Among the advantages of this invention may be mentioned the enhanced accuracy in flowmeter reading due to the fact that substantially constant pressure is maintained on the fiowmeter and such pressure is independent of the number of pieces of apparatus or equipment located on the downstream of the flowmeter so long as the control valve is also located on the downstream side of the fiowmeter. The practice of having a control valve on the upstream side of the control meter does not insure a constant pressure on the fiowmeter. Since flowmeters of the type illustrated are accurate only for one pressure on density of gas, variation in pressure on the flowmeter results in inaccurate readings. For oxygen therapy use in hospitals the plug 2| occupying most of the length of the passage between valve I9 and connection 22 is a satisfactory noise suppressor, is inexpensive, and adds no additional bulk, but can be located inconspicuously in the position illustrated. Another advantage of this invention over the prior art is th im lification in construction and elimination of parts.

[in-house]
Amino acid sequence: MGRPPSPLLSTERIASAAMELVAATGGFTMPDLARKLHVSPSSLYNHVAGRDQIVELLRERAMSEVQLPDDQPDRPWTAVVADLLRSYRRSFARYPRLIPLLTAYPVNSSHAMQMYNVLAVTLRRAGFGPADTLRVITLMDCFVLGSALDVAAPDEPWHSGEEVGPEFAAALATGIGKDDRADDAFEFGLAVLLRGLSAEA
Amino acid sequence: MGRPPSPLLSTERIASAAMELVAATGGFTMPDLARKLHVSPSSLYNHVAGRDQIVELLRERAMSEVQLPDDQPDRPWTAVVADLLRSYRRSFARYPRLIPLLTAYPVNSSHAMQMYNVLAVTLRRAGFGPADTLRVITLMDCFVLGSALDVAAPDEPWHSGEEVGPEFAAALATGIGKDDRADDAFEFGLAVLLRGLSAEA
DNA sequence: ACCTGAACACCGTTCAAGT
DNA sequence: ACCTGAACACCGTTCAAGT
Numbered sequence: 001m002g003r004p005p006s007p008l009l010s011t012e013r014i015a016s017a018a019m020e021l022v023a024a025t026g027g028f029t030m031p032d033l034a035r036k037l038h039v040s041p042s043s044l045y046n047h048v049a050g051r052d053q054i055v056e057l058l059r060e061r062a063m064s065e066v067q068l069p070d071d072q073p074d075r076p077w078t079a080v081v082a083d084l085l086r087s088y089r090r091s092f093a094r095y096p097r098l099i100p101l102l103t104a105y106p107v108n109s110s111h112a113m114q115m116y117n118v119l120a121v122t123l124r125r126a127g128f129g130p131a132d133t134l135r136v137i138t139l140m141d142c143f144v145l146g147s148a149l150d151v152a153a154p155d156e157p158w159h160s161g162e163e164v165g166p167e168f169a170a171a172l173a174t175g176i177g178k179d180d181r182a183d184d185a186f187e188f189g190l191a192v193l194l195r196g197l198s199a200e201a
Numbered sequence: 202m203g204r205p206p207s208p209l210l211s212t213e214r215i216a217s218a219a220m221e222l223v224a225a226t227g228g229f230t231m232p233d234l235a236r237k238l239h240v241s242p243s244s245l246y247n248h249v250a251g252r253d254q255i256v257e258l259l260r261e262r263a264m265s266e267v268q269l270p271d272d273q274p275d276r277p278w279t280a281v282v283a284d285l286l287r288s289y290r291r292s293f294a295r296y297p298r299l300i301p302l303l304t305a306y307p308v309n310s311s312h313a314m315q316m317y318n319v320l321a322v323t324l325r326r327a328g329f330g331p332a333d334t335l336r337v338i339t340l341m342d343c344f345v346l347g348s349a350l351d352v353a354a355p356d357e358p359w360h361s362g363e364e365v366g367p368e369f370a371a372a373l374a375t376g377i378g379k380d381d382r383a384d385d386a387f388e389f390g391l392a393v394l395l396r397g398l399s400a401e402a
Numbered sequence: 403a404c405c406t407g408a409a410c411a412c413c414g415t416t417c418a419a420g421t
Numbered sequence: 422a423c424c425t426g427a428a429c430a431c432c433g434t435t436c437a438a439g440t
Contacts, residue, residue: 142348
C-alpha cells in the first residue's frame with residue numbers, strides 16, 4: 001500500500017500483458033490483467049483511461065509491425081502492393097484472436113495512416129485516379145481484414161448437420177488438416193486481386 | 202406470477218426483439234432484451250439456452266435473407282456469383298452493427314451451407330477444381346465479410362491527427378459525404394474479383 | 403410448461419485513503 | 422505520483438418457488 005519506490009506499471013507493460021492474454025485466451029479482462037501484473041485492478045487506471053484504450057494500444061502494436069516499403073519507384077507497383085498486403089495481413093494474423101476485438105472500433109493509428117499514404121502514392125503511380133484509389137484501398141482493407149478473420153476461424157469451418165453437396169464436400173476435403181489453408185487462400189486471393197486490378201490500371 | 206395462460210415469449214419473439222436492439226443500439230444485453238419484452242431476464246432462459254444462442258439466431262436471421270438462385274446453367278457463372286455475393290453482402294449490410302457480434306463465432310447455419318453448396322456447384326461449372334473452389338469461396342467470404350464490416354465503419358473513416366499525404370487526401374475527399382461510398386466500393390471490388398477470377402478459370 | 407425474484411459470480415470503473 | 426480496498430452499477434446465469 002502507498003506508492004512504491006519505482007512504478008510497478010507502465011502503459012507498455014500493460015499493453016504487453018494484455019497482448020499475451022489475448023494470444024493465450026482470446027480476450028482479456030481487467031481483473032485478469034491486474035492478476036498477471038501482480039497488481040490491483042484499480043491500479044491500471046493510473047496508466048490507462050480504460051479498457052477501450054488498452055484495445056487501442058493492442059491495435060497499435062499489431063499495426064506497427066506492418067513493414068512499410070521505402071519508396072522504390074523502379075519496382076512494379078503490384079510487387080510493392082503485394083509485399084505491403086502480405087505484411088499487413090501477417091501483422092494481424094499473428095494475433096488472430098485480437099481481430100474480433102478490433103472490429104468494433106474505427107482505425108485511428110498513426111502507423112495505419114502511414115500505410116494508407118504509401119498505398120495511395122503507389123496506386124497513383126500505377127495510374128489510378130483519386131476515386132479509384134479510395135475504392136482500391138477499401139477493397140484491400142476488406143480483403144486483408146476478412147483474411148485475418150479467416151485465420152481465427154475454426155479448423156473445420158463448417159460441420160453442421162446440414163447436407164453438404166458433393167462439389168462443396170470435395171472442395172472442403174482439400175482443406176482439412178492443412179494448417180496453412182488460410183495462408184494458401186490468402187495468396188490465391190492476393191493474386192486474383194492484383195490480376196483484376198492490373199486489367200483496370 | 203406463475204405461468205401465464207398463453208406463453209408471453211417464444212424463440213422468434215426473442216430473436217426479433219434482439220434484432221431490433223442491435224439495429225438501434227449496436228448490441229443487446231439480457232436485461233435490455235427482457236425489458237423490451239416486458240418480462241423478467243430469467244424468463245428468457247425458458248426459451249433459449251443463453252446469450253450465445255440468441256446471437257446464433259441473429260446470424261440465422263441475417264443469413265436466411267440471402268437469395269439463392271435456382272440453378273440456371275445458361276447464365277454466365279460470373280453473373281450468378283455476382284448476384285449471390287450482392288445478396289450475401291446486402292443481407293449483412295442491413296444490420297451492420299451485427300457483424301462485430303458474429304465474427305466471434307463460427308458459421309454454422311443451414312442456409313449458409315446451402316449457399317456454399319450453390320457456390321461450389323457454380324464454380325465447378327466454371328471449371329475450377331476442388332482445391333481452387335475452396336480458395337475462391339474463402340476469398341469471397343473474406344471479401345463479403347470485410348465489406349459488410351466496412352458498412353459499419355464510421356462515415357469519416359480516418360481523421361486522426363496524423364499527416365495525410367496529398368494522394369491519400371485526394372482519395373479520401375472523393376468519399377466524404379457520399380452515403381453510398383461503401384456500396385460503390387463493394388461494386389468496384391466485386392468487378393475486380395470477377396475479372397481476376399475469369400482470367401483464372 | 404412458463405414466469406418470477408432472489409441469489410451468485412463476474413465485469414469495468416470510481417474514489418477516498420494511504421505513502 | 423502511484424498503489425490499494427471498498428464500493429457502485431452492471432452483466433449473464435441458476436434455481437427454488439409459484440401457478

Heretofore on opening the valve at the flowmeter to control the flow, it has been difficult to obtain the regulation or control of flow to the degree desired because only a slight angular displacement of the valve has been needed to give as much flow as wanted. In other words with large changes in flow resulting from slight angular change in the valve stem setting it has been diflicult to avoid getting too much or too little gas and obtain the precise flow rate wanted. To overcome this difficulty the taper on the portion of the stem which is Within the stationary seat when the valve is closed has been made to have the included angle increasing. More specifically in Fig. 4, the large diameter taper 33 engages the stationary valve element or seat 34. On opening the valve slightly by moving the tapered portion 33 away from the seat 34 a small amount, the very gradually tapered portion 35 is of use in enabling a larger angular displacement of the stem 19 to be made than has heretofore been possible before reaching the desired flow of gas. Taper 36 is steeper than the taper 35. These tapers have been made of such values that the angular displacement of the stem I9 is substantially proportional to the increase in flow of gas resulting from increasing the valve opening. They cause angular adjustment and flow to approximate a straight line relationship. The angle included by the taper 33, i. e. between the traces of a plane which includes the axis of the stem [9, is 120. The included angle for taper 35 is 1 47 and for taper 36 is 6 22'. The taper 31 ha an included angle of 37. If the sides of a tapered or conical portion are extended to an apex then the angle between the opposite sides of the cone is their included angle. The portion 31 is as steeply tapered as is necessary for the purpose of obtaining a maximum flow. In a flowmeter valve for use in oxygen therapy the tapers 35 and 36 aid in enabling the valve to have approximately 2 /z turns on opening to obtain usual flow of 15 liters of oxygen per minute. With the filter 2| in position approximately 5 turns of the valve give a maximum flow of '75 to liters per minute and without the filter 2! in place liters per minute are possible on the same movement of the stem I9.